Right: The Foil Hat and I decide to add some cosmetic surgeries to the menu. Left: Foil Hat and I immediately dislike the idea of chin implants.

Right: The Foil Hat and I decide to add some cosmetic surgeries to the menu. Left: Foil Hat and I immediately dislike the idea of calf implants.

Behold the return of the great Bair Hugger!

Behold the return of the great Bair Hugger!

Q: How did the actual surgery go?
A: It was supposed to be a 90 minute takedown of the ileostomy and reconnection of the J-Pouch plumbing, but ended up being a 2.5 hour surgery due to some extra work. The biggest obstacle was scar tissue. The doc had to work around and clean a large amount of scar tissue, more of what they usually see in these cases. I’m flattered. Also, the muscle in my abdominal walls were a bit thick, so it was harder to move around. I chalk this up to the imaginary crunches I did in the last three months with the ileostomy bag. Because I was under anesthesia longer than anticipated, I had some huge issues with waking up.

Q: Why are you such a big baby when coming out of surgery? Can’t you just wake up?
A: I don’t know! I’ve always had issues with waking up from anesthesia, and this one was particularly bad. I remember some nurses asking me stuff when I came to, but I was too drugged to reply. It was a bit frustrating, because they kept asking things and I couldn’t comply. Not fun.

Q: Any other complications?

A: I’m not sure if these are complications, but there were some other areas that needed attention. The skin around the stoma was inflamed going in, so they ended up using staples to keep the wound closed. No biggie on my end, I can’t feel them. When I came out of surgery and had trouble waking up, my oxygen level was too low. I had the available oxygen tubes for the nostrils, but for some reason kept breathing in through the mouth, not nose. So every now and then, while still trying to wake up, someone would yell at me to breathe through the nose. “Through the nose! The nose!” It wasn’t easy. I also now had a little draining tube from where the stoma used to be called a Penrose Drain, but I named it “the noodle”.

Q: What’s up with “the noodle”?
A: It really looked like a little piece of pasta just sticking out. Two inches of tube (total length of about 4 inches) just hanging out, chilling. I wasn’t looking forward to getting the noodle removed, since I’m still having flashbacks of the JP-Drain removal from surgery one. But this was a cake-walk. It sometimes even falls out by itself, ha.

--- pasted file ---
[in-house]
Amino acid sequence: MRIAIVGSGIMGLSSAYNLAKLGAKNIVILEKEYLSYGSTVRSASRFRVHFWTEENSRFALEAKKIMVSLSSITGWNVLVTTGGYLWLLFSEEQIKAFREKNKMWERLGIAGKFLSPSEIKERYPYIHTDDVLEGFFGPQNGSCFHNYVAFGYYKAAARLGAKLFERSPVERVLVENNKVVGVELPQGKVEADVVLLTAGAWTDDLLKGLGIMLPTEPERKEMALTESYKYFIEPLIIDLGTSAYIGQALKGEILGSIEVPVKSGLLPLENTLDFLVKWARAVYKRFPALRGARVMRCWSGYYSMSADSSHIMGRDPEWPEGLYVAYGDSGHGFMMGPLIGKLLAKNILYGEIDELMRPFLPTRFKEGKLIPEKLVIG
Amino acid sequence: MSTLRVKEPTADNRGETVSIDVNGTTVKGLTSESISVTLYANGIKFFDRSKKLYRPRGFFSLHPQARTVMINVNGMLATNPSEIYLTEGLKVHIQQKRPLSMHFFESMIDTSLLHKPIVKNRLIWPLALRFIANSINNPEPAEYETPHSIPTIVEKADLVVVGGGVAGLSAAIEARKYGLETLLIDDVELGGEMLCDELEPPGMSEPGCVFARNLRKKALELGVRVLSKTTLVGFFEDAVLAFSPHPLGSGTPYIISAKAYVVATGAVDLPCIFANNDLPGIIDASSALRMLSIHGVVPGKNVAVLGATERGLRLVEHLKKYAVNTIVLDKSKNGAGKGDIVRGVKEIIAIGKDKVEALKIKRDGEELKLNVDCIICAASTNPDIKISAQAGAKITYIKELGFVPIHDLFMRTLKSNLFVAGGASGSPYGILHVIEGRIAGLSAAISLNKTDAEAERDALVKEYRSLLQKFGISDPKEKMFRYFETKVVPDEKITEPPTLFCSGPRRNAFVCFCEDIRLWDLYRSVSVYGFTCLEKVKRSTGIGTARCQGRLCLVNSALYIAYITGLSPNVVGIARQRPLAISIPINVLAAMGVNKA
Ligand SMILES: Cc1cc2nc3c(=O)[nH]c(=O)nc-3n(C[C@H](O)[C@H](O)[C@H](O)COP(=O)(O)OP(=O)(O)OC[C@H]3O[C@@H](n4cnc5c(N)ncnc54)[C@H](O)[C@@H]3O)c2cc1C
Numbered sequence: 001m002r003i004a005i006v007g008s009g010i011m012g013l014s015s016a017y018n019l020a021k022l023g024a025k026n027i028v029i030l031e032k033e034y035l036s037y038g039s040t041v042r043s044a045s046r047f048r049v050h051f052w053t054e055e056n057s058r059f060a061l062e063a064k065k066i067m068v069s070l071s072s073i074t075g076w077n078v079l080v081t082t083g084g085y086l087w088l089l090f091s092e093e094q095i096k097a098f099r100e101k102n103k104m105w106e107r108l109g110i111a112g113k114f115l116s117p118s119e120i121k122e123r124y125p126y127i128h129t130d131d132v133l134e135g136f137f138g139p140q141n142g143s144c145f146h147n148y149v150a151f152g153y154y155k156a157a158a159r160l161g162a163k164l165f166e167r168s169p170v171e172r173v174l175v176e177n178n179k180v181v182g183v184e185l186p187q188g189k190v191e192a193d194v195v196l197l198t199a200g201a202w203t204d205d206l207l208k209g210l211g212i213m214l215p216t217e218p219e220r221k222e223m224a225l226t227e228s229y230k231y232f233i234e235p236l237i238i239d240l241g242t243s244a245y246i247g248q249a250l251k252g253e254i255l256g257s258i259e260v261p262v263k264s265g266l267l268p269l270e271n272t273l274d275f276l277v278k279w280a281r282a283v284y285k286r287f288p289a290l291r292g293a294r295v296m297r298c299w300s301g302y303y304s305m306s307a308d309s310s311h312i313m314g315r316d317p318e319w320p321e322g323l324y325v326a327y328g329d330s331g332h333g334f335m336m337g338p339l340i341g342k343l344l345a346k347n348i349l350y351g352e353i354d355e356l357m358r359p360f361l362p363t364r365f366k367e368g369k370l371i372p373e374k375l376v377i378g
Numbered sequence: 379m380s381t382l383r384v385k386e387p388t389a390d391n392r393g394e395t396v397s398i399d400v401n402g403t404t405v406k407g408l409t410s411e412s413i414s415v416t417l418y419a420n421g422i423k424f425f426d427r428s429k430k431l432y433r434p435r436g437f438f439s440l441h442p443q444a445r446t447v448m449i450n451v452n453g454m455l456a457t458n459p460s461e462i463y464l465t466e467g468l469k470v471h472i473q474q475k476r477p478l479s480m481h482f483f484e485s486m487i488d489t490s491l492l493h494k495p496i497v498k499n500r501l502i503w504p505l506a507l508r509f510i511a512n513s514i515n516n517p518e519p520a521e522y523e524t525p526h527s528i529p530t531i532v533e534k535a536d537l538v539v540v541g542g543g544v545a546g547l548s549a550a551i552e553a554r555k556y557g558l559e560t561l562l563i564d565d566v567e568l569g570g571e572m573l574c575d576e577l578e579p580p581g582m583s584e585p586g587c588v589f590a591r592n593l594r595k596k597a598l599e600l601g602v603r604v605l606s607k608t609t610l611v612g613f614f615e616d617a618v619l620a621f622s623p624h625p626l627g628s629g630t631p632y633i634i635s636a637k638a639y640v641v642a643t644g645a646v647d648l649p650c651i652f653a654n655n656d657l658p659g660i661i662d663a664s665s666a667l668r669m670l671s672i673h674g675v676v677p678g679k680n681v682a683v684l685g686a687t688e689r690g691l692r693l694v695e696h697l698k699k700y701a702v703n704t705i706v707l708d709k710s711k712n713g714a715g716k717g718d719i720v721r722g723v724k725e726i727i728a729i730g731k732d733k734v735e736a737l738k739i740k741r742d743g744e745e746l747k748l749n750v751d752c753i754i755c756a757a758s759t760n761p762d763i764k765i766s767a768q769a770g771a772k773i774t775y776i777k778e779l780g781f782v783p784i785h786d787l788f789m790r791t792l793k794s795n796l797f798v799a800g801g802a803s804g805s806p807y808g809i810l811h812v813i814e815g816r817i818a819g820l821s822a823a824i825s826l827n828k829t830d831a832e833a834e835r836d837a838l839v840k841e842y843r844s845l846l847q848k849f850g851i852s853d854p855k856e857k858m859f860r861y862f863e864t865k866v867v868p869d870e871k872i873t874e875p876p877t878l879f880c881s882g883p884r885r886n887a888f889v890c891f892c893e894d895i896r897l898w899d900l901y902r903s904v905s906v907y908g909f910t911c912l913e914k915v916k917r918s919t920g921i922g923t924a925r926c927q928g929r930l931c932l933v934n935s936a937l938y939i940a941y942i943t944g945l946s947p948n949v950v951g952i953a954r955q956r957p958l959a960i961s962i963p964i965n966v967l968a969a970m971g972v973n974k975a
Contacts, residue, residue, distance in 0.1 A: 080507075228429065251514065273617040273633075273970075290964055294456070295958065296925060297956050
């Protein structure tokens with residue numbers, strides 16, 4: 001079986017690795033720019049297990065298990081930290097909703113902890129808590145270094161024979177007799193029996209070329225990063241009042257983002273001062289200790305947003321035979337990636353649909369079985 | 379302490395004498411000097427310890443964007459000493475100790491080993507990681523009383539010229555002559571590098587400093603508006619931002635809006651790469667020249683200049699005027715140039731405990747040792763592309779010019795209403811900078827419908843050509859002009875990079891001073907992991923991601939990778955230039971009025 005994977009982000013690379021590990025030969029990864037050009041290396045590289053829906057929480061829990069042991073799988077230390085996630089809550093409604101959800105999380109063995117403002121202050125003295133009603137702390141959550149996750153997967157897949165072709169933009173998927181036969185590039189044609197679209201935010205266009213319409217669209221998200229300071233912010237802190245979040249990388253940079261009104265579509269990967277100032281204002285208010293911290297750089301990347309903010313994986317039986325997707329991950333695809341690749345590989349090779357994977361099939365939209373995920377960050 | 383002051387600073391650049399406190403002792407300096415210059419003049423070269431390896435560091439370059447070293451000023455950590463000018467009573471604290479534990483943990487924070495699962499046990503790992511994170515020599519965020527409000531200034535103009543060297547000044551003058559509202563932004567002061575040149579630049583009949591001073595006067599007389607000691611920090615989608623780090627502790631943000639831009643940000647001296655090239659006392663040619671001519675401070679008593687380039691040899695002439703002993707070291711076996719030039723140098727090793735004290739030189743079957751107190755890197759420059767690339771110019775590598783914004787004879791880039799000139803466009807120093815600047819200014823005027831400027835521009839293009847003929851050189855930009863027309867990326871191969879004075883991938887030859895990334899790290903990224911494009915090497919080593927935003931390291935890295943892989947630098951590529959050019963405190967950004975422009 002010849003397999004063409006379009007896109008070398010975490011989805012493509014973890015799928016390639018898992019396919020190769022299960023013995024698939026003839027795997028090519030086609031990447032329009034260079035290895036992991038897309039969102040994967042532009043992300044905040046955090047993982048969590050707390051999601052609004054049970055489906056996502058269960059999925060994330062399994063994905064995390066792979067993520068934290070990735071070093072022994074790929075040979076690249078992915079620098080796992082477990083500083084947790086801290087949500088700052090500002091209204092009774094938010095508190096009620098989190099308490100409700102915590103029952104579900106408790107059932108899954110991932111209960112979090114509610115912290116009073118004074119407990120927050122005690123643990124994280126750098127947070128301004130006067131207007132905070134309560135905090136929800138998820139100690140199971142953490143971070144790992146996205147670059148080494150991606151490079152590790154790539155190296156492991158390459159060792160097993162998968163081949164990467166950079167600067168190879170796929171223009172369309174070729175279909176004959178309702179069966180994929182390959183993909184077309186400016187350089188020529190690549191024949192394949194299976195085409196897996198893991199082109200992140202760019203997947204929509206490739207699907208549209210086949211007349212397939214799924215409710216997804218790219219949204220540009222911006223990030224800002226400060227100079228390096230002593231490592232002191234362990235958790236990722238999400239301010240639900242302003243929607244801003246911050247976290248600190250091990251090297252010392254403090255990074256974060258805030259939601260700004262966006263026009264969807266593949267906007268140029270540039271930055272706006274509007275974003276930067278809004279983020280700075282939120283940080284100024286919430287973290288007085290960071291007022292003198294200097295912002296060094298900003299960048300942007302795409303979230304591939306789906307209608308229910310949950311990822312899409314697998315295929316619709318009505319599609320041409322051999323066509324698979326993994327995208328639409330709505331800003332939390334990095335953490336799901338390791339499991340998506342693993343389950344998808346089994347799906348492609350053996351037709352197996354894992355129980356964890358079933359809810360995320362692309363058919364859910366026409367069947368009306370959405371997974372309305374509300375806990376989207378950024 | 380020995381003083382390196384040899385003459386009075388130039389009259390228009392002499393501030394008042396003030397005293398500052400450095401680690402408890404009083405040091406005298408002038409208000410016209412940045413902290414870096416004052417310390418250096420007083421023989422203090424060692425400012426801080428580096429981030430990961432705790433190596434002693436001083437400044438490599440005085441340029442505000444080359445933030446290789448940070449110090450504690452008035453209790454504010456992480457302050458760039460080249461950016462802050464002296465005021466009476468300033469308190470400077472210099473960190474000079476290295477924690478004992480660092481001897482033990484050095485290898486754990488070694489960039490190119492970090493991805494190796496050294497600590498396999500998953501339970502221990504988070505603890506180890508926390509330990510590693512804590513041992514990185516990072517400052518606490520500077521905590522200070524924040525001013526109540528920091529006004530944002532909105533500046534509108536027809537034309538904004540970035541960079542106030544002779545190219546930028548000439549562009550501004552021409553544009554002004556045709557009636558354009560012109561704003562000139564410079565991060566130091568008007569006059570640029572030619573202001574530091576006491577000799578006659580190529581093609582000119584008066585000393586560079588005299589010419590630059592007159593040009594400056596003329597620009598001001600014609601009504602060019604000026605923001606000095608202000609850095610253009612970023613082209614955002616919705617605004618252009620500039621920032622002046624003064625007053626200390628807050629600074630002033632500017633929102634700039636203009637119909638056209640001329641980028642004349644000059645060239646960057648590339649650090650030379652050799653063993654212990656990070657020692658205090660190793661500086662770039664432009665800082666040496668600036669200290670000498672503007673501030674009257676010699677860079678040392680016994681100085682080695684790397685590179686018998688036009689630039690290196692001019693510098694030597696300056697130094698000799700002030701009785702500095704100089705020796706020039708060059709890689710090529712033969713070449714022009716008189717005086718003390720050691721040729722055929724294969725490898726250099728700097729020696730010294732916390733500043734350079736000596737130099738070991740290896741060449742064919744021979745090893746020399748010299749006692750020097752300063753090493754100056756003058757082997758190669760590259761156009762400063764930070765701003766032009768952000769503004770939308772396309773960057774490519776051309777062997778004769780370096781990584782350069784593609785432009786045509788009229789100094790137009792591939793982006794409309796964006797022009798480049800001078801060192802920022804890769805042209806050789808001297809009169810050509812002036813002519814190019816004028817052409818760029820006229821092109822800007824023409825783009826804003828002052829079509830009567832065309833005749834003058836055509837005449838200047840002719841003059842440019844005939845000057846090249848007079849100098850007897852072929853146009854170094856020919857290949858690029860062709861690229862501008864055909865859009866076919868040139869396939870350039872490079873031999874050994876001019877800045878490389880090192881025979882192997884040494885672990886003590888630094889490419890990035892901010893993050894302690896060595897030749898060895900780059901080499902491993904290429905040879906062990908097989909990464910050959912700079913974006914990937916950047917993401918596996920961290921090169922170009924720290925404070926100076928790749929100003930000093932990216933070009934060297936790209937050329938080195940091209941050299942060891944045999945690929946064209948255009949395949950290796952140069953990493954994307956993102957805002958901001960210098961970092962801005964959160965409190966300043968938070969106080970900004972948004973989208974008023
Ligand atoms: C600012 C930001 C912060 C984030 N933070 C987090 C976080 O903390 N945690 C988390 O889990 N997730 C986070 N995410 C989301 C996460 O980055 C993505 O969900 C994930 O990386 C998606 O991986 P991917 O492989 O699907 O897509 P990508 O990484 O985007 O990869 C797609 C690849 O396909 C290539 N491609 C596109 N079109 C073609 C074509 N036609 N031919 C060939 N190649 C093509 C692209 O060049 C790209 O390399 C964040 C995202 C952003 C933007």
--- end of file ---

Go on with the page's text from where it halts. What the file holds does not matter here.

Left: Taking out the noodle. Middle: The section below the red line was inside! Right: The hole it left behind.

Left: Taking out the noodle. Middle: The section below the red line was inside! Right: The hole it left behind.

Made it to the chair, but was still sleepy.

Made it to the chair, but was still sleepy.

Q: What was the most painful?
A: Potassium through the IV. Seriously. They gave me potassium through the IV and it burned. It’s this incredibly strong pain you feel just creeping through the arm. They ended up diluting it with saline, but wow, that was painful. Potassium does this to people who have little to no food (substance) in their systems, like dashingly handsome takedown patients.

Q: Did chewing gum expedite bowel movements?
A: Some studies say that colorectal surgery patients that chewed gum immediately post-surgery had bowel movements sooner than those who didn’t. Honestly, I have no idea. I chewed gum, and I had bowel movements (plural) by day three. But how do I know if the gum did anything? Maybe if I didn’t chew gum it would have been 4 or 5 days before a bowel movement, but I’ll never know. If only I had a twin with the exact same circumstances and one of us chewed gum and the other one didn’t? Did I just pitch a movie?

Where my stoma used to be.

Where my stoma used to be.

Q: Butt burn?
A: I … don’t think so? Not yet, anyway? Maybe it’s too early, but I only felt a little bit briefly. After having a bowel movement, I use the world’s softest toilet paper, finish with a baby-wipe, and then use butt cream. All while taking my sweet time. Eventually wear and tear might get to me, but until then the butt cream helps as a preventative measure.

Q: What’s awesome?
A: That Pringles mascot’s mustache. Dare to dream, kids. Dare to dream. That, and for now, I’m done. Success!

No, THANK YOU, Mount Zion!

No, THANK YOU, Mount Zion!

Don’t Ask, Don’t Tell

by on Wednesday, July 15, 2009 19:13

File this entry under: IBD